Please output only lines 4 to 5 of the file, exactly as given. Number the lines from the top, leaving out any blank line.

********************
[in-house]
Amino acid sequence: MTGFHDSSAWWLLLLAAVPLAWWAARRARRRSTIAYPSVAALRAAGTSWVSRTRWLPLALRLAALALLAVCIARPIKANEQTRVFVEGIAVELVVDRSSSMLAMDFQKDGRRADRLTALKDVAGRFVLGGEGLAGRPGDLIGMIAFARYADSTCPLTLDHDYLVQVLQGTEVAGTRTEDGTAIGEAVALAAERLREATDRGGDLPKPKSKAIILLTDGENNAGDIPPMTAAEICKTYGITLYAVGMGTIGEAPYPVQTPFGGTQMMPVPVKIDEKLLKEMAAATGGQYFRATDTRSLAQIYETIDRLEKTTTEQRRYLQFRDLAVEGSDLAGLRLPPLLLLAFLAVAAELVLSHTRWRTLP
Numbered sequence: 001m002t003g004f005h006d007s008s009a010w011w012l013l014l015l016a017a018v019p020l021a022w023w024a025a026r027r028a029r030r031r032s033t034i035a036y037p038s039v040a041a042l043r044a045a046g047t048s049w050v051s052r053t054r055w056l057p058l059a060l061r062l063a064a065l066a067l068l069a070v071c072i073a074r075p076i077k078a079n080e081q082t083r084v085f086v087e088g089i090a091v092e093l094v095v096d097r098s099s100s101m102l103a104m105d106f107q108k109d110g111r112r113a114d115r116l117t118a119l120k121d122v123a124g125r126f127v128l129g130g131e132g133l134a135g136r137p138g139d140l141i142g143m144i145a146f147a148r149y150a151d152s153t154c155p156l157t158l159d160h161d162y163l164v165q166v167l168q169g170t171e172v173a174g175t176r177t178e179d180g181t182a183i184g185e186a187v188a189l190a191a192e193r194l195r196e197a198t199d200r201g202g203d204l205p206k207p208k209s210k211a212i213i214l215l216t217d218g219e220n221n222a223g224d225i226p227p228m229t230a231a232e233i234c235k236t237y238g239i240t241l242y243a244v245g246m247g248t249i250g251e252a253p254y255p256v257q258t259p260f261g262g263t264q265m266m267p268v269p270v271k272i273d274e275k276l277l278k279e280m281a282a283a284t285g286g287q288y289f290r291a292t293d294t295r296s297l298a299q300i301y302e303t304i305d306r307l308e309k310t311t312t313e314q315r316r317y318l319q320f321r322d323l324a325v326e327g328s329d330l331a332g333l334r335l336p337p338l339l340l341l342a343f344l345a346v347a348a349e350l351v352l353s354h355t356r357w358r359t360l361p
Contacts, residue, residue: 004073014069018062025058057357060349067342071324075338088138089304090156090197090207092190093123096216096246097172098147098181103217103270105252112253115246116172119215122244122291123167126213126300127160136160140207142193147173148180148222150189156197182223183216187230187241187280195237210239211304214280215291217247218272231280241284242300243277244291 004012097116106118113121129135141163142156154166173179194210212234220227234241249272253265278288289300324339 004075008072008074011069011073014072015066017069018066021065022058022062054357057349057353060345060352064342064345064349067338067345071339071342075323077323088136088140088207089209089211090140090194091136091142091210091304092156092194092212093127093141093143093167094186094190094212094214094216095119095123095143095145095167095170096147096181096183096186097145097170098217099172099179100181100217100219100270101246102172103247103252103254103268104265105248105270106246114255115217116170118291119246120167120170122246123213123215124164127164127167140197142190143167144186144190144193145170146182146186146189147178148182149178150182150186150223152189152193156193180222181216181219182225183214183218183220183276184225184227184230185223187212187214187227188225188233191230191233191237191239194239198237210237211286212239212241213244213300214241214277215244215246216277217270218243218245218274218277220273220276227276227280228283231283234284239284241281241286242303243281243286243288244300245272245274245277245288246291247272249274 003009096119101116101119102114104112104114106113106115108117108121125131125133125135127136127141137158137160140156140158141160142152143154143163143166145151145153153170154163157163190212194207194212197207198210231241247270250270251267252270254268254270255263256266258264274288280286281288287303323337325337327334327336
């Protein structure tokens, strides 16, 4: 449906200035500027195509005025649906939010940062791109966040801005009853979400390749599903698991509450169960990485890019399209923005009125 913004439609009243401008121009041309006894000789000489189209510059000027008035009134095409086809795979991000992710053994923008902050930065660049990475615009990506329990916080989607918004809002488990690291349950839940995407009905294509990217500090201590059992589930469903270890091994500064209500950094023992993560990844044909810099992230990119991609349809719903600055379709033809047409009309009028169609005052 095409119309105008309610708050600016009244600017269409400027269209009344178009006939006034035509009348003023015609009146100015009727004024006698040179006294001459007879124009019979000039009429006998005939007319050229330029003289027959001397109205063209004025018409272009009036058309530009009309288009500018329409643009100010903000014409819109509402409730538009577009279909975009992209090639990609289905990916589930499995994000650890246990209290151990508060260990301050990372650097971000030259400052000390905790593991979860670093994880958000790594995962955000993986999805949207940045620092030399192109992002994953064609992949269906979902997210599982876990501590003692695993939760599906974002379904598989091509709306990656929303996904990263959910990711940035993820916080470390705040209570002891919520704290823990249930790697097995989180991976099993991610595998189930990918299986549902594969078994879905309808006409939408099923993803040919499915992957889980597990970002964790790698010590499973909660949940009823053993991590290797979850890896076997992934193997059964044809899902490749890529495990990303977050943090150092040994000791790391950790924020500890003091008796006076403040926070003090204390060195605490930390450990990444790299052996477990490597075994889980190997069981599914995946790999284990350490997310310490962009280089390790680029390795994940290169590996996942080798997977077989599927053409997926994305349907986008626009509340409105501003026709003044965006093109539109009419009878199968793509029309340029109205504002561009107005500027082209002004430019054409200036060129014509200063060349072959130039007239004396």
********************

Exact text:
Contacts, residue, residue: 004073014069018062025058057357060349067342071324075338088138089304090156090197090207092190093123096216096246097172098147098181103217103270105252112253115246116172119215122244122291123167126213126300127160136160140207142193147173148180148222150189156197182223183216187230187241187280195237210239211304214280215291217247218272231280241284242300243277244291 004012097116106118113121129135141163142156154166173179194210212234220227234241249272253265278288289300324339 004075008072008074011069011073014072015066017069018066021065022058022062054357057349057353060345060352064342064345064349067338067345071339071342075323077323088136088140088207089209089211090140090194091136091142091210091304092156092194092212093127093141093143093167094186094190094212094214094216095119095123095143095145095167095170096147096181096183096186097145097170098217099172099179100181100217100219100270101246102172103247103252103254103268104265105248105270106246114255115217116170118291119246120167120170122246123213123215124164127164127167140197142190143167144186144190144193145170146182146186146189147178148182149178150182150186150223152189152193156193180222181216181219182225183214183218183220183276184225184227184230185223187212187214187227188225188233191230191233191237191239194239198237210237211286212239212241213244213300214241214277215244215246216277217270218243218245218274218277220273220276227276227280228283231283234284239284241281241286242303243281243286243288244300245272245274245277245288246291247272249274 003009096119101116101119102114104112104114106113106115108117108121125131125133125135127136127141137158137160140156140158141160142152143154143163143166145151145153153170154163157163190212194207194212197207198210231241247270250270251267252270254268254270255263256266258264274288280286281288287303323337325337327334327336
């Protein structure tokens, strides 16, 4: 449906200035500027195509005025649906939010940062791109966040801005009853979400390749599903698991509450169960990485890019399209923005009125 913004439609009243401008121009041309006894000789000489189209510059000027008035009134095409086809795979991000992710053994923008902050930065660049990475615009990506329990916080989607918004809002488990690291349950839940995407009905294509990217500090201590059992589930469903270890091994500064209500950094023992993560990844044909810099992230990119991609349809719903600055379709033809047409009309009028169609005052 095409119309105008309610708050600016009244600017269409400027269209009344178009006939006034035509009348003023015609009146100015009727004024006698040179006294001459007879124009019979000039009429006998005939007319050229330029003289027959001397109205063209004025018409272009009036058309530009009309288009500018329409643009100010903000014409819109509402409730538009577009279909975009992209090639990609289905990916589930499995994000650890246990209290151990508060260990301050990372650097971000030259400052000390905790593991979860670093994880958000790594995962955000993986999805949207940045620092030399192109992002994953064609992949269906979902997210599982876990501590003692695993939760599906974002379904598989091509709306990656929303996904990263959910990711940035993820916080470390705040209570002891919520704290823990249930790697097995989180991976099993991610595998189930990918299986549902594969078994879905309808006409939408099923993803040919499915992957889980597990970002964790790698010590499973909660949940009823053993991590290797979850890896076997992934193997059964044809899902490749890529495990990303977050943090150092040994000791790391950790924020500890003091008796006076403040926070003090204390060195605490930390450990990444790299052996477990490597075994889980190997069981599914995946790999284990350490997310310490962009280089390790680029390795994940290169590996996942080798997977077989599927053409997926994305349907986008626009509340409105501003026709003044965006093109539109009419009878199968793509029309340029109205504002561009107005500027082209002004430019054409200036060129014509200063060349072959130039007239004396």